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Topic worth looking into.
Gregg Kellogg originally shared:
 
Things people get wrong in RDFa markup

Lately, I've been looking a lot of both RDFa and Microdata formatted HTML. There are a number of things that authors (even experts) regularly get wrong:

@src and @rel attributes create reverse relation

Having code such as the following:

<body about="">
<img src="image.jpg" rel="icon"/>
...
</body>

You'd think that this would indicate that the icon for the document is <image.jpg>, but it actually says <image.jpg> xhv:image <> . The why of this is lost in the haze of history, but people regularly get this wrong. To get what you need, consider something like the following markup:


<body about="">
<span rel="icon"><img src="image.jpg"/></span>
...
</body>
@rel and @typeof and/or @about shouldn't be on the same element

Another common mistake is format such as the following:

<body vocab="http://schema.org/" about="">
<div rel="mainContentOfPage" about="#me" typeof="Person">
<p>Name: <span property="name">Gregg Kellogg</span></p>
<p>Knows: <a href="http://greggkellogg.net/#me" rel="knows">Myself</a></p>
</div>
</body>

Placing @rel and @about or @typeof on the same element indicates that the @about/@typeof indicate the subject not the object of a relation. To get the desired effect, use @resource, however, this does not let you set the type of the object resource. Alternatively, use the following type of markup:


<body vocab="http://schema.org/" about="">
<div rel="mainContentOfPage"
<div about="#me" typeof="Person">
<p>Name: <span property="name">Gregg Kellogg</span></p>
<p>Knows: <a href="http://greggkellogg.net/#me" rel="knows">Myself</a></p>
</div>
</div>
</body>

Another area of common mis-understanding is that the document order of statements within an HTML document is not significant when creating a list of resources. Consider the following example from schema.org/MusicPlaylist:


<div itemscope itemtype="http://schema.org/MusicPlaylist">
<span itemprop="name">Classic Rock Playlist</span>
<meta itemprop="numTracks" content="5"/>

<div itemprop="tracks" itemscope itemtype="http://schema.org/MusicRecording">
1.<span itemprop="name">Sweet Home Alabama</span> -
<span itemprop="byArtist">Lynard Skynard</span>
</div>

<div itemprop="tracks" itemscope itemtype="http://schema.org/MusicRecording">
2.<span itemprop="name">Shook you all Night Long</span> -
<span itemprop="byArtist">AC/DC</span>
</div>

...
</div>

You would think that this describes a track ordering, but it does not (at least in RDF). Doing this requires RDF List constructs missing from both Microdata and RDFa. In Turtle, you could do it as follows:


@prefix:<http://schema.org/> .
[ a :MusicPlaylist;
:name "Classic Rock Playlist";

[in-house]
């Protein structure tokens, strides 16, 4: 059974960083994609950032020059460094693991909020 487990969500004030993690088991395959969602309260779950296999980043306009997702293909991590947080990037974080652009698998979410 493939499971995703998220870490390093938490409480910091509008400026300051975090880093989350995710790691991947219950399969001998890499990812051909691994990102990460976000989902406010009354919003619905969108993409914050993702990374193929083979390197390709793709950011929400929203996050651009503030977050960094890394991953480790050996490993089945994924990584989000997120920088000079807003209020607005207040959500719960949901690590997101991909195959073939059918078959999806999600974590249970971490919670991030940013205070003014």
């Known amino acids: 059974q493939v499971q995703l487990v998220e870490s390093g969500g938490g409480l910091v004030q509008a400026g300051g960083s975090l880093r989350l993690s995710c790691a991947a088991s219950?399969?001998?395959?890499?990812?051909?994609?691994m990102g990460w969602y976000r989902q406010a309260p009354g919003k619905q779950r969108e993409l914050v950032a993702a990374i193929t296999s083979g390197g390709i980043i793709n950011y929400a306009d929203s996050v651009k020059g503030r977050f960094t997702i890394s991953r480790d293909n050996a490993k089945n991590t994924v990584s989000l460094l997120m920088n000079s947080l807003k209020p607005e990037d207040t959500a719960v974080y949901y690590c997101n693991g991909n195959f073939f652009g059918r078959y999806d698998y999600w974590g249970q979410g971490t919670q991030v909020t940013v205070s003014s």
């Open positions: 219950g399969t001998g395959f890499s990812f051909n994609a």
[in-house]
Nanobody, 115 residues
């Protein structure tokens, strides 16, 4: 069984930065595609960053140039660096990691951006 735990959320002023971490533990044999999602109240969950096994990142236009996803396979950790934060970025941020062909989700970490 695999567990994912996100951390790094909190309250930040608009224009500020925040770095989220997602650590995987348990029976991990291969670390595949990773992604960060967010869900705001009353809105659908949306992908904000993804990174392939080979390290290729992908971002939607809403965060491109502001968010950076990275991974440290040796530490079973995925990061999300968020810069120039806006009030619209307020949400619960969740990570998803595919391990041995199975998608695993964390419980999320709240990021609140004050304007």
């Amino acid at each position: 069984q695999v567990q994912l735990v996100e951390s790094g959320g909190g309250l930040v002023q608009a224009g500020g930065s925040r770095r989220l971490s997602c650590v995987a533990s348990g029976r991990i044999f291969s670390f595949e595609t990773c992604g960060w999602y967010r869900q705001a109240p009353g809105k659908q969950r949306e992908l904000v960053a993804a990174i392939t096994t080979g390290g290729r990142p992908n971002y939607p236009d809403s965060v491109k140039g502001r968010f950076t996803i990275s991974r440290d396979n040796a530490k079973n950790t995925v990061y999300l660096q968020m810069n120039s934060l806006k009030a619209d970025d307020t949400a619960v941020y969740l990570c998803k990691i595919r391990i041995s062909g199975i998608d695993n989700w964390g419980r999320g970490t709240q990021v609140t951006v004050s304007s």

:numTracks 5;
:tracks (
[a :MusicRecording; :name "Sweet Home Alabama"; :byArtist "Lynard Skynard"]
[a :MusicRecording; :name "Shook you all Night Long"; :byArtist "AC/DC"]
...
)
]

It would seem obvious that an HTML ordered list could be used to generate an RDF List, but it received to achieve enough interest to make it through.These are just a couple of things that are confusing about RDFa, and offer good fodder for Microdata proponents to complain about the complexity of RDFa markup.

It's important to note that a core goal of RDFa 1.1 (http://www.w3.org/TR/rdfa-core/) is to be compatible with RDFa 1.0 (RDFa in XHTML), in which these decisions were established.

Perhaps a reconciliation between Microdata and RDFa could take the best of both:


* Craft RDF friendly URIs from terms (such as schema:Person above),* Reduce amount of document structure needed to describe common use cases,
* Better intuitive generation of RDF output,
* Ability to avoid RDF generation and go straight to JSON (perhaps JSON-LD),
* Use common URI prefixes,
* RDF Lists,
* Promote better HTML readability.

That's my 2 cents (for now)
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Henri Bergius's profile photoKang-Hao Lu's profile photoIan Hickson's profile photoPhilip Jägenstedt's profile photo
34 comments
 
He is wrong about Microdata no? Microdata has ordering.
 
ick, I'd stay away from RDF Lists - have you ever tried to work with them? They're pretty terrible.
 
We could keep it so that Microdata cannot be completely converted to RDF. I do not care much either way.
 
If we do anything here I think it's probably better for us to just remove the RDF conversion. It's not clear to me that it's got any practical use cases. It was mostly added for completeness' sake, IIRC. (People who want an RDF conversion can always define vocabulary-specific conversions, as people are doing for schema.org.)
 
Strangely enough, I think that some of the more die-hard RDF people (who I don't consider myself as) would like to see RDF translation removed from Microdata because of the way the URLs are generated. There was also talk about having the RDF community define what the Microdata to RDF mapping is. Not having RDF support in Microdata /may/ differentiate it enough for the W3C TAG to no longer care about the differences between Microdata and RDFa - although, I doubt it.